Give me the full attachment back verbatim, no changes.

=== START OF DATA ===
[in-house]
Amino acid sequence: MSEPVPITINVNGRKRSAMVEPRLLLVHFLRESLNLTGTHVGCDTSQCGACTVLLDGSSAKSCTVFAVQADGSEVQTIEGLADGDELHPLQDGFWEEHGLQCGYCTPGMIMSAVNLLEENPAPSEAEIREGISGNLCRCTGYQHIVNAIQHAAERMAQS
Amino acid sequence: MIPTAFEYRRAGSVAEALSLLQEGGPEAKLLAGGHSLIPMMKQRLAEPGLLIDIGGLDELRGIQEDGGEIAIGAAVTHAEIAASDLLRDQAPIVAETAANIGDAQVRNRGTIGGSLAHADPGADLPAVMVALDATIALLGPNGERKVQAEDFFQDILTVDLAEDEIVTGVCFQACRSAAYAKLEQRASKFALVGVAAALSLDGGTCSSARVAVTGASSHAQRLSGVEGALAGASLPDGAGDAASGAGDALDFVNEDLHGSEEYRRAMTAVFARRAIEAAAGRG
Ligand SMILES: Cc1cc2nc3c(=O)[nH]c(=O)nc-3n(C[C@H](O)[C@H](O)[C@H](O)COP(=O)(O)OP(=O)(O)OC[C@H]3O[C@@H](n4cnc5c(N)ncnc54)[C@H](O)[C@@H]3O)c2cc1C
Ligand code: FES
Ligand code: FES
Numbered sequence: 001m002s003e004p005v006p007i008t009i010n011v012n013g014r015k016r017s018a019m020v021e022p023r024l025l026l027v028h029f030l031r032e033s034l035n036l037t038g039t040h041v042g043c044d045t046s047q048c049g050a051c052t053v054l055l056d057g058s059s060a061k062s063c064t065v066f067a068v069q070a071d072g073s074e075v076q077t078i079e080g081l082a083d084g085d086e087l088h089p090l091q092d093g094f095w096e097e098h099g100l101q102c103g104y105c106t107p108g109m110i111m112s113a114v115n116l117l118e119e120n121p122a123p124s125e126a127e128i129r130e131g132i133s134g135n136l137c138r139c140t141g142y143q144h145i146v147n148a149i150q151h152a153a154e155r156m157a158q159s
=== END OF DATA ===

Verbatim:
[in-house]
Amino acid sequence: MSEPVPITINVNGRKRSAMVEPRLLLVHFLRESLNLTGTHVGCDTSQCGACTVLLDGSSAKSCTVFAVQADGSEVQTIEGLADGDELHPLQDGFWEEHGLQCGYCTPGMIMSAVNLLEENPAPSEAEIREGISGNLCRCTGYQHIVNAIQHAAERMAQS
Amino acid sequence: MIPTAFEYRRAGSVAEALSLLQEGGPEAKLLAGGHSLIPMMKQRLAEPGLLIDIGGLDELRGIQEDGGEIAIGAAVTHAEIAASDLLRDQAPIVAETAANIGDAQVRNRGTIGGSLAHADPGADLPAVMVALDATIALLGPNGERKVQAEDFFQDILTVDLAEDEIVTGVCFQACRSAAYAKLEQRASKFALVGVAAALSLDGGTCSSARVAVTGASSHAQRLSGVEGALAGASLPDGAGDAASGAGDALDFVNEDLHGSEEYRRAMTAVFARRAIEAAAGRG
Ligand SMILES: Cc1cc2nc3c(=O)[nH]c(=O)nc-3n(C[C@H](O)[C@H](O)[C@H](O)COP(=O)(O)OP(=O)(O)OC[C@H]3O[C@@H](n4cnc5c(N)ncnc54)[C@H](O)[C@@H]3O)c2cc1C
Ligand code: FES
Ligand code: FES
Numbered sequence: 001m002s003e004p005v006p007i008t009i010n011v012n013g014r015k016r017s018a019m020v021e022p023r024l025l026l027v028h029f030l031r032e033s034l035n036l037t038g039t040h041v042g043c044d045t046s047q048c049g050a051c052t053v054l055l056d057g058s059s060a061k062s063c064t065v066f067a068v069q070a071d072g073s074e075v076q077t078i079e080g081l082a083d084g085d086e087l088h089p090l091q092d093g094f095w096e097e098h099g100l101q102c103g104y105c106t107p108g109m110i111m112s113a114v115n116l117l118e119e120n121p122a123p124s125e126a127e128i129r130e131g132i133s134g135n136l137c138r139c140t141g142y143q144h145i146v147n148a149i150q151h152a153a154e155r156m157a158q159s